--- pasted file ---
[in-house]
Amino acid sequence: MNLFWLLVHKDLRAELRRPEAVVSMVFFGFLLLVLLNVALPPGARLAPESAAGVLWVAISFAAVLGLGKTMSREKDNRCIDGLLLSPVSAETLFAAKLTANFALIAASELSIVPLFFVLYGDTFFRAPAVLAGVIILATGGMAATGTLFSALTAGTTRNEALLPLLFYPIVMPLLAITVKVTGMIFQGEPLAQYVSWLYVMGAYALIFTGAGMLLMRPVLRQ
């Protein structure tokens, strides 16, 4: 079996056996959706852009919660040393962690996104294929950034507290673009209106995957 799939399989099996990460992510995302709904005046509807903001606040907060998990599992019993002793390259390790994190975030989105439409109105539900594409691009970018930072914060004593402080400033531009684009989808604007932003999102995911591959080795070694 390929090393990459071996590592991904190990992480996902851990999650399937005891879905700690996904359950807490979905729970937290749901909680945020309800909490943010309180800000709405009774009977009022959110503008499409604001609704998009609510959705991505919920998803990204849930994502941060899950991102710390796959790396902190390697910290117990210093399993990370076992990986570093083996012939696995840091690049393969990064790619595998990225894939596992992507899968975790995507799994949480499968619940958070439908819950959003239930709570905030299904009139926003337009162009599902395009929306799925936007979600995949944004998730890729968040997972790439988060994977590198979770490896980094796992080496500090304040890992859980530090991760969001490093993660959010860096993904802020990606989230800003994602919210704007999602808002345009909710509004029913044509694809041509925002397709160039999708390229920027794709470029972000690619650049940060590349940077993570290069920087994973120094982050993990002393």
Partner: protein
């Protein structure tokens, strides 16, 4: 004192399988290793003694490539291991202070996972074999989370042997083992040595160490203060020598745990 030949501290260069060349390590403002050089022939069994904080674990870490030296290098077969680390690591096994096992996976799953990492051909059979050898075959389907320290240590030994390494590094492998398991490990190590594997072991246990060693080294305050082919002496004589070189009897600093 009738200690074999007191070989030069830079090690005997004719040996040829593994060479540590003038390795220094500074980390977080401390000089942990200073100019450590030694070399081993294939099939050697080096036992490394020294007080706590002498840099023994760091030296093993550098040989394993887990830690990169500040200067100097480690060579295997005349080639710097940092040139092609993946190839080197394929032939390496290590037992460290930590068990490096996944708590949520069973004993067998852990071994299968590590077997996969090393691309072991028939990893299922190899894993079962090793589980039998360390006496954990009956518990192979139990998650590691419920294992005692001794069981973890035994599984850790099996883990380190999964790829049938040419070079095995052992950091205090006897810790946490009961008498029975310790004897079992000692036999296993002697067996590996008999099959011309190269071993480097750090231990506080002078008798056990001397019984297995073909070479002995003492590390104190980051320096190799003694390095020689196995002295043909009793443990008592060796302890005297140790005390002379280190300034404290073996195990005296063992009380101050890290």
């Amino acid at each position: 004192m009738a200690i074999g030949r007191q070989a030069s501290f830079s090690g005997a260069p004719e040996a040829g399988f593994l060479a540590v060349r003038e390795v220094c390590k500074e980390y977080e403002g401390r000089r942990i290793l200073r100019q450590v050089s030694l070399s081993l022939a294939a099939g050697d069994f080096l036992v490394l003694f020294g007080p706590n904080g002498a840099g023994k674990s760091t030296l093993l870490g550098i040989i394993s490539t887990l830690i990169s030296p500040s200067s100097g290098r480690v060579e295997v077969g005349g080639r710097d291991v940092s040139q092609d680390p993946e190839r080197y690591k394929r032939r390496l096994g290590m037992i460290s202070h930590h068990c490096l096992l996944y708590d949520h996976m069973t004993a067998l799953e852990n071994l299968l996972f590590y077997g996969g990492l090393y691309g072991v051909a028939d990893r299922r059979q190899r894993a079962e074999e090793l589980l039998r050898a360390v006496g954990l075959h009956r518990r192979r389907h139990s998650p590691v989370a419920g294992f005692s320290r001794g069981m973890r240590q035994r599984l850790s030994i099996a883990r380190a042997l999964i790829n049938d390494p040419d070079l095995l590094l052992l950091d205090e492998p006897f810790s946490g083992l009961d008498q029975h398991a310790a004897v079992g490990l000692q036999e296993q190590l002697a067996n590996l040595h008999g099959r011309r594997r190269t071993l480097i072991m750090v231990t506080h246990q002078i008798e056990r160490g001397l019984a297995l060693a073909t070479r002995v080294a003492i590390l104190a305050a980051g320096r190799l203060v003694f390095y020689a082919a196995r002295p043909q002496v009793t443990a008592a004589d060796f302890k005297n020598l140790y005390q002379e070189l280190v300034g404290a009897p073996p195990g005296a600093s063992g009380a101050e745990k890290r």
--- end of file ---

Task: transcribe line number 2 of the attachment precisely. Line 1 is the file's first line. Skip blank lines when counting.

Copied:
Amino acid sequence: MNLFWLLVHKDLRAELRRPEAVVSMVFFGFLLLVLLNVALPPGARLAPESAAGVLWVAISFAAVLGLGKTMSREKDNRCIDGLLLSPVSAETLFAAKLTANFALIAASELSIVPLFFVLYGDTFFRAPAVLAGVIILATGGMAATGTLFSALTAGTTRNEALLPLLFYPIVMPLLAITVKVTGMIFQGEPLAQYVSWLYVMGAYALIFTGAGMLLMRPVLRQ